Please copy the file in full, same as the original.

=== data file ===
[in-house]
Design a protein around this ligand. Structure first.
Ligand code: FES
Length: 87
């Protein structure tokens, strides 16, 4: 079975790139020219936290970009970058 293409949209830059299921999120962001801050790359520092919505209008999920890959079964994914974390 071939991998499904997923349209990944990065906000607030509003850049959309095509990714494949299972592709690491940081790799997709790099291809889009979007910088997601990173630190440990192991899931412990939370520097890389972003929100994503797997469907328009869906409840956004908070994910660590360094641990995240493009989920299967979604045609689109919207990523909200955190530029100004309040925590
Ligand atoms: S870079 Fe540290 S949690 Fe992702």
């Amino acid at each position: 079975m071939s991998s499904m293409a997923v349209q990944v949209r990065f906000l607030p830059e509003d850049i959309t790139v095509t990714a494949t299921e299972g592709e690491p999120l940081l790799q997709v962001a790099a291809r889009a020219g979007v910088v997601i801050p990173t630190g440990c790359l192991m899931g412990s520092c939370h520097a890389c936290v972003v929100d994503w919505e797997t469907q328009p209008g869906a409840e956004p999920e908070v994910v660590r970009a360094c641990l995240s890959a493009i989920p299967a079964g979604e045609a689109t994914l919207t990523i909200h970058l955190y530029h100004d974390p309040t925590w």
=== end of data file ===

[in-house]
Design a protein around this ligand. Structure first.
Ligand code: FES
Length: 87
């Protein structure tokens, strides 16, 4: 079975790139020219936290970009970058 293409949209830059299921999120962001801050790359520092919505209008999920890959079964994914974390 071939991998499904997923349209990944990065906000607030509003850049959309095509990714494949299972592709690491940081790799997709790099291809889009979007910088997601990173630190440990192991899931412990939370520097890389972003929100994503797997469907328009869906409840956004908070994910660590360094641990995240493009989920299967979604045609689109919207990523909200955190530029100004309040925590
Ligand atoms: S870079 Fe540290 S949690 Fe992702």
């Amino acid at each position: 079975m071939s991998s499904m293409a997923v349209q990944v949209r990065f906000l607030p830059e509003d850049i959309t790139v095509t990714a494949t299921e299972g592709e690491p999120l940081l790799q997709v962001a790099a291809r889009a020219g979007v910088v997601i801050p990173t630190g440990c790359l192991m899931g412990s520092c939370h520097a890389c936290v972003v929100d994503w919505e797997t469907q328009p209008g869906a409840e956004p999920e908070v994910v660590r970009a360094c641990l995240s890959a493009i989920p299967a079964g979604e045609a689109t994914l919207t990523i909200h970058l955190y530029h100004d974390p309040t925590w």